The current state of the transanal approach to the ileal pouch-anal anastomosis

  • F. Borja de LacyEmail author
  • Deborah Susan Keller
  • Beatriz Martin-Perez
  • Sameh Hany Emile
  • Manish Chand
  • Antonino Spinelli
  • Antonio M. Lacy
Review Article



The transanal approach to pelvic dissection has gained considerable traction and utilization continues to expand, fueled by the transanal total mesorectal excision (TaTME) for rectal cancer. The same principles and benefits of transanal pelvic dissection may apply to the transanal restorative proctocolectomy with ileal pouch-anal anastomosis (IPAA)-the TaPouch procedure. Our goal was to review the literature to date on the development and current state of the TaPouch.

Materials and methods

We performed a PubMed database search for original articles on transanal pelvic dissections, IPAA, and the TaPouch procedure, with a manual search from relevant citations in the reference list. The main outcomes were the technical aspects of the TaPouch, clinical and functional outcomes, and potential advantages, drawbacks, and future direction for the procedure.


The conduct of the procedure has been defined, with the safety and feasibility demonstrated in small series. The reported rates of conversion and anastomotic leakage are low. There are no randomized trials or large-scale comparative studies available for comparative effectiveness compared to the traditional IPAA.


The transanal approach to ileal pouch-anal anastomosis is an exciting adaption of the transanal total mesorectal excision for refining the technical steps of a complex operation. Additional experience is needed for comparative outcomes and defining the ideal training and implementation pathways.


Inflammatory bowel disease Ulcerative colitis Familial adenomatous polyposis Transanal total mesorectal excision Ileal pouch-anal anastomosis Restorative proctocolectomy Transanal proctectomy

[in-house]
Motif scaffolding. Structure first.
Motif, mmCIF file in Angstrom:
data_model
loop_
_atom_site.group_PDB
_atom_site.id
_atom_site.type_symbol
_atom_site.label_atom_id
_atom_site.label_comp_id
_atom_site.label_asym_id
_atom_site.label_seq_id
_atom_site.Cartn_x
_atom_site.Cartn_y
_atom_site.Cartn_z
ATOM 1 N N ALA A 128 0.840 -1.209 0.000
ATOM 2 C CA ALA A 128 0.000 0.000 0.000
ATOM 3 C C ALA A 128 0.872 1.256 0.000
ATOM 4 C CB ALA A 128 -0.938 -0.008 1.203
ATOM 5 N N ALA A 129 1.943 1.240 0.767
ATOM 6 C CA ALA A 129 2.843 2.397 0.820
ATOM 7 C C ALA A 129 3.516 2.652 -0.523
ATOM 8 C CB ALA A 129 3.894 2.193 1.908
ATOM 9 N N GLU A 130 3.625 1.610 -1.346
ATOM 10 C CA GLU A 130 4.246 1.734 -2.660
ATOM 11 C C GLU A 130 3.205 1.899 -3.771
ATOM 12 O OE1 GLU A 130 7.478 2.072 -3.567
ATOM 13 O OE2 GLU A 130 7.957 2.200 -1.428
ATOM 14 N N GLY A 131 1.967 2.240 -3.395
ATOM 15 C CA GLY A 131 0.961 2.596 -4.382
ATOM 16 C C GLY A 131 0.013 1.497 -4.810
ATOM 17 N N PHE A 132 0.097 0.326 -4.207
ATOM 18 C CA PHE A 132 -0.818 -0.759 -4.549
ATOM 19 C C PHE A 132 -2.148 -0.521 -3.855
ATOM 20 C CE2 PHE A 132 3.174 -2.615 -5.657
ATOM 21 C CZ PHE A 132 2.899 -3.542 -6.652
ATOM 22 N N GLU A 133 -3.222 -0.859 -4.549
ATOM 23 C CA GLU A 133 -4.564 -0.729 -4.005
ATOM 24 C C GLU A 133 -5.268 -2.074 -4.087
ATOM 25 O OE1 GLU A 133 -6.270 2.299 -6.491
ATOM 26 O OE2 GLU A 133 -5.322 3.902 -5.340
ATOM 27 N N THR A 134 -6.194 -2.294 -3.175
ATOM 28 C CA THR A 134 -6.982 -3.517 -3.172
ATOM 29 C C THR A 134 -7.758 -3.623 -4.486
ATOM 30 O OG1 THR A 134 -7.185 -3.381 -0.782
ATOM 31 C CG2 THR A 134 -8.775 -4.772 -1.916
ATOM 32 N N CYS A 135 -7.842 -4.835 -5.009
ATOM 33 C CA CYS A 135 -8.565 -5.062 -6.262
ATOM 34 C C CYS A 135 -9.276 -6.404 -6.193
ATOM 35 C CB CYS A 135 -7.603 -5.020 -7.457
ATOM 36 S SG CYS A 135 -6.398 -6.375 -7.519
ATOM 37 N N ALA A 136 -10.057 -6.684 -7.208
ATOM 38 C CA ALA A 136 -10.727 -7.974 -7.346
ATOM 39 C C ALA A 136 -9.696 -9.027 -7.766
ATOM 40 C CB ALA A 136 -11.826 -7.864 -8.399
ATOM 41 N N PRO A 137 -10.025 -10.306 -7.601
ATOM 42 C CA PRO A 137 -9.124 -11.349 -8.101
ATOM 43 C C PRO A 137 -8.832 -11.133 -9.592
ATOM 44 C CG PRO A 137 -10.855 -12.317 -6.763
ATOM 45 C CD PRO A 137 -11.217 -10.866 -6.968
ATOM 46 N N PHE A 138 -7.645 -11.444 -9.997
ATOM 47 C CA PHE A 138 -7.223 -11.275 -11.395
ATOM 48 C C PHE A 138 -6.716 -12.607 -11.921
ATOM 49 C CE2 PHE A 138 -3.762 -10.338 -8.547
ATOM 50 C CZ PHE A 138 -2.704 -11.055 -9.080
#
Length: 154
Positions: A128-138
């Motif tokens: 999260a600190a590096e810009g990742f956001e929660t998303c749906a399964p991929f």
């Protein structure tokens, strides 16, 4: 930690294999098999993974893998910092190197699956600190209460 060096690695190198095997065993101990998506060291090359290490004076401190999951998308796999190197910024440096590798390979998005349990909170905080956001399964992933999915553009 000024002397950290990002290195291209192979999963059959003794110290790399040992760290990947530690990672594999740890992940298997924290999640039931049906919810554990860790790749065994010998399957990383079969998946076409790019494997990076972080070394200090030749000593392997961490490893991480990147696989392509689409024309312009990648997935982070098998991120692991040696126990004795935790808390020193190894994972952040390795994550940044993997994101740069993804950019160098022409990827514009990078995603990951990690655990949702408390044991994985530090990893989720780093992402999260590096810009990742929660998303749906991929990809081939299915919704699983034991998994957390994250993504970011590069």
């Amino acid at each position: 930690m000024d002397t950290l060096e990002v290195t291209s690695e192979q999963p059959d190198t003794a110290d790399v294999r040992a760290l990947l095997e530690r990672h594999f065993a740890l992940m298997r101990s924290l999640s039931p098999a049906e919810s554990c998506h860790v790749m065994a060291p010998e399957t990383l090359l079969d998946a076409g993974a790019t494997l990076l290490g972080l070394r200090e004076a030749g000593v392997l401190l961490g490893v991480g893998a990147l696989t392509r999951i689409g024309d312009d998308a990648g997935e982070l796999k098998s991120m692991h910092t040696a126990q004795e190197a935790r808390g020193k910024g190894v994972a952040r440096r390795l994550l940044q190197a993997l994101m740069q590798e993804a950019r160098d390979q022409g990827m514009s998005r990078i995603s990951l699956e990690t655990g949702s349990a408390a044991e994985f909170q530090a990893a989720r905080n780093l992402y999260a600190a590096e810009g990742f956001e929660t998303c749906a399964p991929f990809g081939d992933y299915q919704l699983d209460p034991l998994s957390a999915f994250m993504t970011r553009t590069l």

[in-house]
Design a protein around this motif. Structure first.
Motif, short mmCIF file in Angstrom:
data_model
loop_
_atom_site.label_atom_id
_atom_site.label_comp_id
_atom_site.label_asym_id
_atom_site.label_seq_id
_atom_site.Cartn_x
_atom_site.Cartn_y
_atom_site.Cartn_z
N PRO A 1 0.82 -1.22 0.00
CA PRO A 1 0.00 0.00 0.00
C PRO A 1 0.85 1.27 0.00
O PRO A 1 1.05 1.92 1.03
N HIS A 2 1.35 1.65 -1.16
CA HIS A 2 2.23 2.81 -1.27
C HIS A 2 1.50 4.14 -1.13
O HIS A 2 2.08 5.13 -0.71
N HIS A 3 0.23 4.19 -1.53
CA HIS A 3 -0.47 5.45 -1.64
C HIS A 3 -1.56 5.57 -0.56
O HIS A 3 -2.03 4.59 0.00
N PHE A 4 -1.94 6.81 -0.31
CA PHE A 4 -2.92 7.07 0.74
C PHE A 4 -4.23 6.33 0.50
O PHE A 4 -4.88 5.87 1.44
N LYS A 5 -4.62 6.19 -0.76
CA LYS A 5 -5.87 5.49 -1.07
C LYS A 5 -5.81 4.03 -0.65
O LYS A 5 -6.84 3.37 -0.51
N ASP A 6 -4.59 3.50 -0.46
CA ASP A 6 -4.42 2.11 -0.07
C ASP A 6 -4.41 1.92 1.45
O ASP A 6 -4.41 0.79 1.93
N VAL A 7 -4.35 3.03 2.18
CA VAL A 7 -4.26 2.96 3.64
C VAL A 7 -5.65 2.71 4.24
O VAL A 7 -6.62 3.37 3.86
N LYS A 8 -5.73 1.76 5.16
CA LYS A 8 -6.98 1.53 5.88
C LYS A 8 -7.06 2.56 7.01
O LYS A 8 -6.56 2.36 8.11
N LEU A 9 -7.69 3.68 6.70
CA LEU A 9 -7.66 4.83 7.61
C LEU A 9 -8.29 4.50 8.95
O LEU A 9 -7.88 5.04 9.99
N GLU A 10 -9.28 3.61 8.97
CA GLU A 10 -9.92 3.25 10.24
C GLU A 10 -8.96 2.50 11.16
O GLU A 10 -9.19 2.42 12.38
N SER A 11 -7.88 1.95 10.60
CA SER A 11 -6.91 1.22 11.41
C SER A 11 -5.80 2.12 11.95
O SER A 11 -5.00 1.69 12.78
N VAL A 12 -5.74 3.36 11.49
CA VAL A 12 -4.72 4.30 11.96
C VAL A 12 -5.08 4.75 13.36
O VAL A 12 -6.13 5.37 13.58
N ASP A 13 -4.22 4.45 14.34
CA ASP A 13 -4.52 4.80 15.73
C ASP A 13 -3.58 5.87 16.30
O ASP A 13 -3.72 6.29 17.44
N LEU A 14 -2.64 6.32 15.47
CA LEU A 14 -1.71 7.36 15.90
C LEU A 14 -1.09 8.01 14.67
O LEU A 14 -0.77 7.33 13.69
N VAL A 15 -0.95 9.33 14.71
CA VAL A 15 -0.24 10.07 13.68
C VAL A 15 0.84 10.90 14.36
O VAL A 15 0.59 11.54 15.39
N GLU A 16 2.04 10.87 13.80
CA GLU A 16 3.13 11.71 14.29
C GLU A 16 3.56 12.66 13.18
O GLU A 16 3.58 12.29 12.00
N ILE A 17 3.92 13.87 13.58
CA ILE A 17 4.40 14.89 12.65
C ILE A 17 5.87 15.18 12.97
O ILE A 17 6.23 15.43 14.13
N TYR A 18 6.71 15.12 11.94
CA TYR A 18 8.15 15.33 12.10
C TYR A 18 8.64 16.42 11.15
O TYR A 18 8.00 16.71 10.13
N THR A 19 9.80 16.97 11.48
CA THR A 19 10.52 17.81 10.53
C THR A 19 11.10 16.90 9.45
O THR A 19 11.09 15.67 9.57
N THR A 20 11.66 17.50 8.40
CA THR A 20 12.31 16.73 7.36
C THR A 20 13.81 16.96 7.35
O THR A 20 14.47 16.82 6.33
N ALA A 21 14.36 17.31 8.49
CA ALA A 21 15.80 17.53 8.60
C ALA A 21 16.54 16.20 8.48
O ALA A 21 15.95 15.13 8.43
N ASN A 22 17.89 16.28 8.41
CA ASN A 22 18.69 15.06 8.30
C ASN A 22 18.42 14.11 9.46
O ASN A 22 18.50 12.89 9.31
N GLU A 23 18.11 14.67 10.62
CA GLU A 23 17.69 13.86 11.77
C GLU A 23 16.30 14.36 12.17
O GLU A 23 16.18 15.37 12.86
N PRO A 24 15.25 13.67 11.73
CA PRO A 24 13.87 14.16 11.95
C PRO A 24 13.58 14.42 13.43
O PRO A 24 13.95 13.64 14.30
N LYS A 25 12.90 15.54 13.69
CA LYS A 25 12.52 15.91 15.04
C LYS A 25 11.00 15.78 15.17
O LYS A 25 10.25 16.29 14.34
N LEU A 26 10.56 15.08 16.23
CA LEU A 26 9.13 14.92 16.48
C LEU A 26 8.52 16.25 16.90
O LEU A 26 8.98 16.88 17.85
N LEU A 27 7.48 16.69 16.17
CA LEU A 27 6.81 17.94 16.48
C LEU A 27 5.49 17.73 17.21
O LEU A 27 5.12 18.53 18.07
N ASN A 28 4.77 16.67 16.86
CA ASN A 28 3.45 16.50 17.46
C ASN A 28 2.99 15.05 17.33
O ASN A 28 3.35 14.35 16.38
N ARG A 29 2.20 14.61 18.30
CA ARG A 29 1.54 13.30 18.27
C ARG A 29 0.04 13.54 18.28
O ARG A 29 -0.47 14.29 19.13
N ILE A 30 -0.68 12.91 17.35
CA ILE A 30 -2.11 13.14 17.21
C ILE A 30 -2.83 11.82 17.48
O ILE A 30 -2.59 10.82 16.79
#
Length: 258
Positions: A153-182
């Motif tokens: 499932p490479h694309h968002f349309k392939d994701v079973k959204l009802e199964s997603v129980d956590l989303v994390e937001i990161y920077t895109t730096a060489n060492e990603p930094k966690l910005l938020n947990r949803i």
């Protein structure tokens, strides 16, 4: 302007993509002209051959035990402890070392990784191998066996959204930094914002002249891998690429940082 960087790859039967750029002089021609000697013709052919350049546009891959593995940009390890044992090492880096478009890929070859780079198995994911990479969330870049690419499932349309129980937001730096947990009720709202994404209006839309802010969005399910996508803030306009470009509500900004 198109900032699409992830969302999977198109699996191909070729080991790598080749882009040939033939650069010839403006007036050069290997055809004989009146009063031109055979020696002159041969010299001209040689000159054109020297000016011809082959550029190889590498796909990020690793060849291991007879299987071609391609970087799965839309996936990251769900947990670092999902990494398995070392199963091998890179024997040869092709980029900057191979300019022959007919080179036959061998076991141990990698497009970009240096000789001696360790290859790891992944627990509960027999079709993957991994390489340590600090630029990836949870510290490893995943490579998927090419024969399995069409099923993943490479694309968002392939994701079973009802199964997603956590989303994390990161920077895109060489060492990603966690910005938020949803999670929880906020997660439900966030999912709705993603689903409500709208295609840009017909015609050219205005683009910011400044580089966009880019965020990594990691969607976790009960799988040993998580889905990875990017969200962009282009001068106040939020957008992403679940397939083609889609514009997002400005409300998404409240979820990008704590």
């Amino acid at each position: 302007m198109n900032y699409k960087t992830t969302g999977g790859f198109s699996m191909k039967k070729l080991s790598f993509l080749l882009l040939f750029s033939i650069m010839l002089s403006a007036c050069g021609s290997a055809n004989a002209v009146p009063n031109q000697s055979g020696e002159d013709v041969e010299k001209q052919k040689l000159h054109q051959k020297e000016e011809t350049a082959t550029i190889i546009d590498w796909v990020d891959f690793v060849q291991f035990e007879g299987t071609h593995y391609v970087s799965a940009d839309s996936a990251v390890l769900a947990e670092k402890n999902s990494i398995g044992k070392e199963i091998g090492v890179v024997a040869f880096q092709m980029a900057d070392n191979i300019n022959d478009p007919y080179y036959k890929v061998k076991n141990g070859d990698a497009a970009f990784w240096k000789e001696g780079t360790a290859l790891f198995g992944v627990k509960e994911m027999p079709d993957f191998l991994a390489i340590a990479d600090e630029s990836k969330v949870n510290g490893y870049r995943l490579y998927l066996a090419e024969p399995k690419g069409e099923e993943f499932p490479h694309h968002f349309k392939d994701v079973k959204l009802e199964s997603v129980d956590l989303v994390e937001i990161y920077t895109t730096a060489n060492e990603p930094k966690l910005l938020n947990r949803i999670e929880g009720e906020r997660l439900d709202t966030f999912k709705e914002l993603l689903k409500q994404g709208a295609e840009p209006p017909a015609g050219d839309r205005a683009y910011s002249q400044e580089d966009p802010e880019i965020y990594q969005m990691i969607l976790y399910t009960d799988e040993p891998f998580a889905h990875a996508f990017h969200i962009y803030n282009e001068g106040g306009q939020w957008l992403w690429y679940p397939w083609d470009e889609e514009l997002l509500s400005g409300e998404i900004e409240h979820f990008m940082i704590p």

Compliance with ethical standards


Professor Spinelli reports teaching and consulting honoraria from Applied Medical and Ethicon outside of this work. Mr. Chand reports teaching, consulting, and personal fees from Ethicon and Stryker outside of the submitted work. Professor Lacy reports Grants from Medtronic and Olympus, and personal fees from Applied Medical and Conmed, outside the submitted work. Dr. de Lacy, Dr. Keller, Dr. Emile, and Dr. Martin-Perez have no conflicts of interest or financial ties to disclose.


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Copyright information

© Springer Science+Business Media, LLC, part of Springer Nature 2019

Authors and Affiliations

  1. 1.Department of Surgery, Hospital ClinicUniversity of BarcelonaBarcelonaSpain
  2. 2.Division of Colon and Rectal Surgery, Department of SurgeryNewYork-Presbyterian, Columbia University Medical CenterNew YorkUSA
  3. 3.General Surgery DepartmentMansoura Faculty of MedicineMansouraEgypt
  4. 4.Department of Gastroenterological InterventionUniversity College LondonCity of LondonUK
  5. 5.Division Colon and Rectal Surgery, Humanitas Research HospitalHumanitas University Rozzano MilanoMilanoItaly

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